As employees return this week from the winter shutdown, Virginia Tech’s 2015 winter session is in its first full week of classes and will continue through Jan. 17. Approximately 1,800 students are enrolled in 105 different courses, a 75 percent increase in enrollment from the university’s inaugural 2014 winter session.

Winter session engagement can be seen across the university, with more than 40 academic departments offering a course through one of the four delivery options:

  • Virtual campus, with 100 percent of the coursework offered online, which represents the largest enrollment area;
  • Blended, a combination of online and in-class work;
  • Winter experience, delivery of courses in alternative locations either internationally or domestically; and
  • In-residence, daily classes throughout the 12 to 15-day winter session term at the Blacksburg, Virginia, campus.

Total enrollment accounts for 2,135, indicating that 365 students are enrolled in more than one course. 

Winter session was created to help students make progress toward their degree, said Michael Herndon, director of summer and winter sessions. 

“I am encouraged by the growth of enrollments and interest in winter session from students, faculty, and the university community,” said Herndon. “I like to term it the ‘winter session advantage’ as students have an opportunity to catch up or get ahead on their studies, as well as graduate early.”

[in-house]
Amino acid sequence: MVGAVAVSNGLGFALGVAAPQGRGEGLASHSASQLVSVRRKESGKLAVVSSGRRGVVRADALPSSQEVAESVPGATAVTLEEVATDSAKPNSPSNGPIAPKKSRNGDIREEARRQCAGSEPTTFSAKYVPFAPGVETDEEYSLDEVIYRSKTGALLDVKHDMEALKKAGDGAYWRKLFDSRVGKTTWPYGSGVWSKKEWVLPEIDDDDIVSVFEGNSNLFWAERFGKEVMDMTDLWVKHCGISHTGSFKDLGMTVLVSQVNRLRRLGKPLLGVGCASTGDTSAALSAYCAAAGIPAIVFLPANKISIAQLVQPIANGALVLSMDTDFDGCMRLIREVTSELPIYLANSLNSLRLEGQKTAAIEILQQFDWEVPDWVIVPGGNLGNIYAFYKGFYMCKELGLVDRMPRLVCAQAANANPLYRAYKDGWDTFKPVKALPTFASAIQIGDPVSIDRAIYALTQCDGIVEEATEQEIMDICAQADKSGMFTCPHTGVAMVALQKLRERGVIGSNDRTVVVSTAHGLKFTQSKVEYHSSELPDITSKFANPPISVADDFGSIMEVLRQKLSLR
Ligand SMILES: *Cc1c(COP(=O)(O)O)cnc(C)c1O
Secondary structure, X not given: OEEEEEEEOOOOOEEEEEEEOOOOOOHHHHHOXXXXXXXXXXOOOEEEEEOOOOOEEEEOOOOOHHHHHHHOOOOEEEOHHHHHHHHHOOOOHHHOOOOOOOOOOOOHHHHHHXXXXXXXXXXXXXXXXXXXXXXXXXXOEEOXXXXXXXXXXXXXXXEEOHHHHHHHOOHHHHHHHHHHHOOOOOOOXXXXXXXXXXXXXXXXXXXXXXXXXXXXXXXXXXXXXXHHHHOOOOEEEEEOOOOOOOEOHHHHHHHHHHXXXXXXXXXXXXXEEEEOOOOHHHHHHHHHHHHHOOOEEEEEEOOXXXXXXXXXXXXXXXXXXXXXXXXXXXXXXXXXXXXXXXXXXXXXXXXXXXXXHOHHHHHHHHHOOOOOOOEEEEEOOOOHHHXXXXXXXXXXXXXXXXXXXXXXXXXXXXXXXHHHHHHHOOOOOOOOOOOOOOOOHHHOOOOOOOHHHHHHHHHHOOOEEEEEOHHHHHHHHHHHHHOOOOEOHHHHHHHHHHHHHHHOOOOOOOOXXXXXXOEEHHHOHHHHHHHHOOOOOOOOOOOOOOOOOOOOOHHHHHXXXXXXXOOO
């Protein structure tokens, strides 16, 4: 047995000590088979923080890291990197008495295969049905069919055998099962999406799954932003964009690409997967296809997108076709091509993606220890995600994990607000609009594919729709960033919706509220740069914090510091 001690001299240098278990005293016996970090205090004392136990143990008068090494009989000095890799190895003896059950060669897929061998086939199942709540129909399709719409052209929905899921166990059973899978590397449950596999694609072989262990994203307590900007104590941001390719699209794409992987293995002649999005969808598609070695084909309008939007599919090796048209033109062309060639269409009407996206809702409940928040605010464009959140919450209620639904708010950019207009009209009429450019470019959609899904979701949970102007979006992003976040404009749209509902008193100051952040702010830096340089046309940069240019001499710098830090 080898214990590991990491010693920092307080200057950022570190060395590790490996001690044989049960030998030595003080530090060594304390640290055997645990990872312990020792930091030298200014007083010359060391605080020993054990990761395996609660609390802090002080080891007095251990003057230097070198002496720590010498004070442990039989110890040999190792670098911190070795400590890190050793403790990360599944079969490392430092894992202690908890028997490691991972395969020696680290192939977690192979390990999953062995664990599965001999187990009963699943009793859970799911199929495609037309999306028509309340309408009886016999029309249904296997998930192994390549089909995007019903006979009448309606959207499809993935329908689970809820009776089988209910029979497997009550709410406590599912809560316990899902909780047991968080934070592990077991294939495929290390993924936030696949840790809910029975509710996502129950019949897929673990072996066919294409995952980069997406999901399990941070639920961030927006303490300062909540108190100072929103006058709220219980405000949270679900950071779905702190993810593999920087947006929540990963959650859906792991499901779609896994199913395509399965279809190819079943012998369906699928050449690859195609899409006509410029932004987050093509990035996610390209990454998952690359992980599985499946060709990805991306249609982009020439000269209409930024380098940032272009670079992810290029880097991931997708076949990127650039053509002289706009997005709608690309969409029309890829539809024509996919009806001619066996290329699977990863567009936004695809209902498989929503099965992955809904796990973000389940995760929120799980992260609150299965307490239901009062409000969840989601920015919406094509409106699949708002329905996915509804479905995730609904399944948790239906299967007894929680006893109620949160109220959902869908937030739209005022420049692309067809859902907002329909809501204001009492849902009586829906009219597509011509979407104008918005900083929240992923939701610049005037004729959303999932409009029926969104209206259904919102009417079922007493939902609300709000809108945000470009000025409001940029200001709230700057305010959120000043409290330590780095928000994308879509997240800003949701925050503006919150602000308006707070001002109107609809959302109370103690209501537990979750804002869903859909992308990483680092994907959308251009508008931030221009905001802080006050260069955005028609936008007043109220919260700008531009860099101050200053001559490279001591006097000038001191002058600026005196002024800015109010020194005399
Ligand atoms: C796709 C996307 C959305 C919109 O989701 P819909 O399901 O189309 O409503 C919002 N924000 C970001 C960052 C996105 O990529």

Winter experience courses doubled this year at 14 offerings, affording students an “immersive” experience at both domestic and international locations. These destinations include New York City; Orlando, Florida; and Charlotte, North Carolina, on the domestic front. International venues include Australia, Costa Rica, Dominican Republic, Ecuador, New Zealand, Peru, and Thailand.

There are several first-time course offerings, including COMM 4984: PR Goes to the Movies: The Practitioner and Pop Culture offered through the Department of Communication. Students are in Orlando with Assistant Professor Kelly McBride, where they will investigate the role of public relations in five films and discuss filmmaking with Universal Studio Florida employees.

According to McBride, the course is a good fit for the winter session timeframe.

“We will spend one week watching the movies with group discussion, and the second week, back in Virginia, students will focus a paper on one of the films, detailing what they thought the characters did correctly and what they might have done better,” McBride said.

Students will also have the opportunity to explore Orlando in their free time. This course is open to both majors and non-majors.

Another first-time offering is an online course on urban transport study called UAP 4984 Special Study: Walking, Cycling and Public Transportation for Sustainable Cities.

Students are examining how increased walking, cycling, and public transport could benefit the environmental, economic, and social sustainability of urban transport systems, shares Ralph Buehler, associate professor in the Department of Urban Affairs and Planning in the National Capital Region. By studying the history of U.S. urban transport, sustainable transport in the U.S. today, and transport policy and planning, students will gain a better understanding of sustainable urban transport.

“There is no undergraduate course offered in Blacksburg that deals with the important subject of transport policy,” Buehler said. “This is an exciting time to study urban transport.” This course is taught online so students can keep their usual holiday plans while still getting ahead on coursework.

Visit the Virginia Tech winter session website for more information.

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